• The buyer has a timeframe in which to complete survey (usually two weeks, but sometimes longer).
  • The seller is bound by the contract and prohibited from selling the vessel to anyone else, even if a better offer comes along.
  • The buyer can at any point during this time pull out of the deal and get a full refund of his 10% deposit.

Basic Purchase and Sale Agreement Contract Terms

The Purchase and Sale Agreement defines the name of the vessel, agreed upon amount, and terms of the agreement and should include the following minimum information:

  • Complete names and addresses of buyer and seller.
  • Complete description of boat and engine, including make, model, year, and Hull Identification Number (HIN) and engine serial number(s). A complete equipment / inventory list must be supplied.
  • The purchase price, including deposits paid by buyer and how the balance will be paid (for example, certified check, etc.).
  • A firm acceptance date describing when and where the deal will be finalized.
  • The condition of the boat at the time of acceptance.
  • Buyer's contingencies: Spell out that the sale hinges on a satisfactory survey and sea trial and the ability to obtain acceptable financing and marine insurance.
  • A statement that the boat is free of all liens and encumbrances.
  • The seller should also assume all responsibility for debts incurred during his ownership.

Survey and Seatrial

  • Most offers to purchase contain conditions (contingencies). The most common is your right to survey, inspect and a seatrial. We absolutely recommend you conduct a boat survey. It is in your interest to select your own independent surveyor and your broker (if you have one) will be able to give you a list of the three closest accredited surveyors to the vessel but you must interview them and choose the person that you would like to work with. If no broker, go to Society of Accredited Marine Surveyor (SAMS) for a list of accredited surveyors in area close to the vessel. Costs vary depending on the vessel location, distance from selected surveyor and type of vessel. Some surveyors will also conduct an analysis on the engine(s). If not, they may have recommendations.
  • You need to coordinate the haulout, survey, and seatrial with all interested parties. The haulout, or hang and hold as it's called, is usually scheduled for early in the day so that the seatrial can be done the same day.
  • It may take up to 2 days after survey for you to receive your written report from your surveyor. It typically includes photos of important areas on the vessel that are discussed. A good surveyor will point out every area that needs any amount of attention.
  • After reviewing your survey, you may reject the vessel because of the survey findings (or for any reason, or no reason). Your deposit will be wired back to your bank. If you choose to accept the vessel but want to be compensated for defects or have defects fixed, you will enter into another set of negotiations with the seller.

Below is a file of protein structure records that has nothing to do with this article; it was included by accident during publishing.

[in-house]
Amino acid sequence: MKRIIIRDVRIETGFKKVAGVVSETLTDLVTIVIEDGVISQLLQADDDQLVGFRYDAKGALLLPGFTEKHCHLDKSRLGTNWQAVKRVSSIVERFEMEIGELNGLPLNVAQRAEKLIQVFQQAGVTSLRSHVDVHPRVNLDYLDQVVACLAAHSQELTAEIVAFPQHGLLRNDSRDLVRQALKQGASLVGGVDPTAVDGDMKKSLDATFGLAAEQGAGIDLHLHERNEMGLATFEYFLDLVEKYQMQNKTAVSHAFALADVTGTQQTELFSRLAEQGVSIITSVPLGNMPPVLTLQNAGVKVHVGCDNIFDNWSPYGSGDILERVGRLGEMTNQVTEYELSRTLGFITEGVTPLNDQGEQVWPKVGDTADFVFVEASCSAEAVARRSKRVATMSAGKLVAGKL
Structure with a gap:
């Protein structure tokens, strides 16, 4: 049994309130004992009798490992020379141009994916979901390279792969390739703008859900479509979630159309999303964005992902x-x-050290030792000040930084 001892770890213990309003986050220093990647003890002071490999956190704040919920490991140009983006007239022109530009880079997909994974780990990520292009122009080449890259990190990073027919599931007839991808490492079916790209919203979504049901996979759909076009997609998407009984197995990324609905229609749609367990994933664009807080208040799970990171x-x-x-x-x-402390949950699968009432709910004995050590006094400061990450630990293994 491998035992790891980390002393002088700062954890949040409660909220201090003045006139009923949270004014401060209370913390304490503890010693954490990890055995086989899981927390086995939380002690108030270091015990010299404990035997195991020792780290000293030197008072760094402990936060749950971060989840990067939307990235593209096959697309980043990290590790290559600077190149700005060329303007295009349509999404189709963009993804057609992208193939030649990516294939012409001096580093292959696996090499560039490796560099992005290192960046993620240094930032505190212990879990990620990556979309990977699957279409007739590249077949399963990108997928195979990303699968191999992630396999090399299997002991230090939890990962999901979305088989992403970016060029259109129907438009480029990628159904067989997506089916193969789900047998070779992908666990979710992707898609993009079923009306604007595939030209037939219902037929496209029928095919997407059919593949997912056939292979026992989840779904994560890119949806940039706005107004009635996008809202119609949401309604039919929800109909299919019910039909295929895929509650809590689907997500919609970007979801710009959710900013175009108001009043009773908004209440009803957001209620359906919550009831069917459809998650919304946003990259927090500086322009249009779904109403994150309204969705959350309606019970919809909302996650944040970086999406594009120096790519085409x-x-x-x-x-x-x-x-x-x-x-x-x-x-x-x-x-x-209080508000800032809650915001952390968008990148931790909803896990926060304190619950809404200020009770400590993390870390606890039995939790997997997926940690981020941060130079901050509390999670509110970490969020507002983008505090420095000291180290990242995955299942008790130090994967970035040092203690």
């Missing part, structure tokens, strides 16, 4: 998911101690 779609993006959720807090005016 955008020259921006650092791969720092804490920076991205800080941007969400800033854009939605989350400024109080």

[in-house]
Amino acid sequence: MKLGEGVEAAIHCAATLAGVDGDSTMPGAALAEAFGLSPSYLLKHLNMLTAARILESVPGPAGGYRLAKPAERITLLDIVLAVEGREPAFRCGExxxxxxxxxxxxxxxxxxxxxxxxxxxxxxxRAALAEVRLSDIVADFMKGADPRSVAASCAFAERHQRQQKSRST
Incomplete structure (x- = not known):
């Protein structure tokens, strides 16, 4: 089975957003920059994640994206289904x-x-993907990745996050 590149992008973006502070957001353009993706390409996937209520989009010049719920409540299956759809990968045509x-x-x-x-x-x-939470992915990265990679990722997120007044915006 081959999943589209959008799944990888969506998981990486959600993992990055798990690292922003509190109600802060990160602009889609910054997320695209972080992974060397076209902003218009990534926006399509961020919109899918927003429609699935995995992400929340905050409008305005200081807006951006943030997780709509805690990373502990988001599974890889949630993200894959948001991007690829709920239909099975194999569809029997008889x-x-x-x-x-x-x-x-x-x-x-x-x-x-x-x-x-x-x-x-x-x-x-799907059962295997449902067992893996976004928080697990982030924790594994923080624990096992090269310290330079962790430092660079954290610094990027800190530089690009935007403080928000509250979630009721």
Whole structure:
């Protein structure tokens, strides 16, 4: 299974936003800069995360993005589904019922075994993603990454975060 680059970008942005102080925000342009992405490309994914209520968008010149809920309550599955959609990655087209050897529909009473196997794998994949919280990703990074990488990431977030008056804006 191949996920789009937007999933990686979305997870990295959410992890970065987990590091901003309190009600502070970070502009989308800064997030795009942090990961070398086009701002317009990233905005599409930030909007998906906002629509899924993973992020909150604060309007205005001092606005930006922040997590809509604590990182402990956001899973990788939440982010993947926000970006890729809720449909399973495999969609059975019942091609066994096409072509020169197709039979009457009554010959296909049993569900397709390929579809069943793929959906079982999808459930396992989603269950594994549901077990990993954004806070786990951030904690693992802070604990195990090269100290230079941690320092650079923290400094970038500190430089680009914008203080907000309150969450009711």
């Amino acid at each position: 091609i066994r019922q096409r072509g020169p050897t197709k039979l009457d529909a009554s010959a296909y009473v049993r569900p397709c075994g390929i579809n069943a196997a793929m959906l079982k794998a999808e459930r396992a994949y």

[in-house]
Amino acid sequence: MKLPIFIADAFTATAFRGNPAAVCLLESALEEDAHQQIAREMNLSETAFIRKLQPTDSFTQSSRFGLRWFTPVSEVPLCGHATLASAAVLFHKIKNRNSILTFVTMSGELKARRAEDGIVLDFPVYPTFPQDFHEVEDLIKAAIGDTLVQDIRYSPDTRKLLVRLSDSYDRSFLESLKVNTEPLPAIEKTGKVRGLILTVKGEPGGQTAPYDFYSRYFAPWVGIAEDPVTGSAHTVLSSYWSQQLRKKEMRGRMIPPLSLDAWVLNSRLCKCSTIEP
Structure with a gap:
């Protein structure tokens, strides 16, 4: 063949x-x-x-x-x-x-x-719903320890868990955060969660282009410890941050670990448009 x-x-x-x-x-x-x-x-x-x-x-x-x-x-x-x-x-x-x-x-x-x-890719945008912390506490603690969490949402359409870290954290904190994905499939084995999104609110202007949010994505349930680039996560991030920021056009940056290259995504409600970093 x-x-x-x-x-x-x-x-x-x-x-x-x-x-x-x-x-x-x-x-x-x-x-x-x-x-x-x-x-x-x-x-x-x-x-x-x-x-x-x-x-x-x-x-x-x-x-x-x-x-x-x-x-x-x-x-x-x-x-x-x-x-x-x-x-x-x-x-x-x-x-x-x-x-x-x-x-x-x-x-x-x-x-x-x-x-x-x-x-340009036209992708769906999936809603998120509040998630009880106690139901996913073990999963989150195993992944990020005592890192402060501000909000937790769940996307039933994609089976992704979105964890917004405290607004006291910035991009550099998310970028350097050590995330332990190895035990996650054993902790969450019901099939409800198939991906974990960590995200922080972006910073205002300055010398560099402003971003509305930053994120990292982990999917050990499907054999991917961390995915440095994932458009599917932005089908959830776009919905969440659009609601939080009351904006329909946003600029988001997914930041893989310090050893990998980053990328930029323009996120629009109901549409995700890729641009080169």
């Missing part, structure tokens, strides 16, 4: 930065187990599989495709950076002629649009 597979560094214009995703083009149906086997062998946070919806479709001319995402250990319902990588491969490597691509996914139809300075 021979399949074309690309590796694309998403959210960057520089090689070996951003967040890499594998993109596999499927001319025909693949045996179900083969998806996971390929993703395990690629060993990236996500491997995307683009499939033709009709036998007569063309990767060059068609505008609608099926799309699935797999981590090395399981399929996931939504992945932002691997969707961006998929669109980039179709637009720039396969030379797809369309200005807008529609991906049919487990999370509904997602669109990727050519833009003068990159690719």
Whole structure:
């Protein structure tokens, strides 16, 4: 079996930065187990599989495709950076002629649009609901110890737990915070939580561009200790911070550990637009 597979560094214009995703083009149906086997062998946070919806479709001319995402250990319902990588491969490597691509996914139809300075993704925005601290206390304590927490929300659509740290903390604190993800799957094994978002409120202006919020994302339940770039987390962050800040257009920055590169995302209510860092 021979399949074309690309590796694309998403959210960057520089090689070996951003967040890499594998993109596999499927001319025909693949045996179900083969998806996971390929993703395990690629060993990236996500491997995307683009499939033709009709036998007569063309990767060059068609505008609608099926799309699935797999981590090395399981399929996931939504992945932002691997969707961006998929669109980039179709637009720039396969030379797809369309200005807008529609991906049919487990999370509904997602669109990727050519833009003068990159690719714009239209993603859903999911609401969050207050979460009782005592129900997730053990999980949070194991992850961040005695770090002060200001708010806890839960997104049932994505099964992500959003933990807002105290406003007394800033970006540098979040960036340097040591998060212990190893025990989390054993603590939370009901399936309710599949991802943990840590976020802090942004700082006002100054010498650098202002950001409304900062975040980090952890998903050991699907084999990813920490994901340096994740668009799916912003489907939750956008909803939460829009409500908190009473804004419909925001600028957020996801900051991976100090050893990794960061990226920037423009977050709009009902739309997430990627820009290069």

• It is expected, after the survey, that the buyer will re-negotiate the price based on repairs that must be made. Would the seller be willing to make the repairs himself, or reduce the sale price?
  • Usually the seller will reduce the price but be reasonable. Don't expect perfectly new counter tops on a 15-year old boat. Fair wear and tear is reasonable, but osmosis, a major repair, is not.

Check out our surveyors resources on our Favorite Links & Resources page.

a Yacht survey is necessary for buying and selling yachts







Above are examples of yacht survey findings, such as leaks, stress cracks, and potential grounding.

Yacht Insurance

You will be required to purchase yacht insurance immediately after final price negotiations. This is primarily for the benefit of your finance company. Most finance companies won't write a check until the buyer can show proof of insurance. Read our tips on the pitfalls of marine insurance.

Check out our marine insurance company resources on our Favorite Links & Resources page.

Conditional Acceptance of Vessel

Once you decide to go ahead with the purchase of the vessel, you will be provided with a document called a "Conditional Acceptance of Vessel" that contains:

  • the final amount due to purchase the vessel, the purchase price minus the 10% deposit.
  • statement that the buyer accepts the condition of vessel "as is" with the condition that agreed upon repairs are done satisfactorily or with an agreed upon price reduction.

This document has a time constraint (usually 10 days) and must be adhered to or you will be out of contract and all bets are off. If you need more time, an addendum must be added that is signed by yourself and the seller that extends the date for acceptance or closing.

Bill of Sale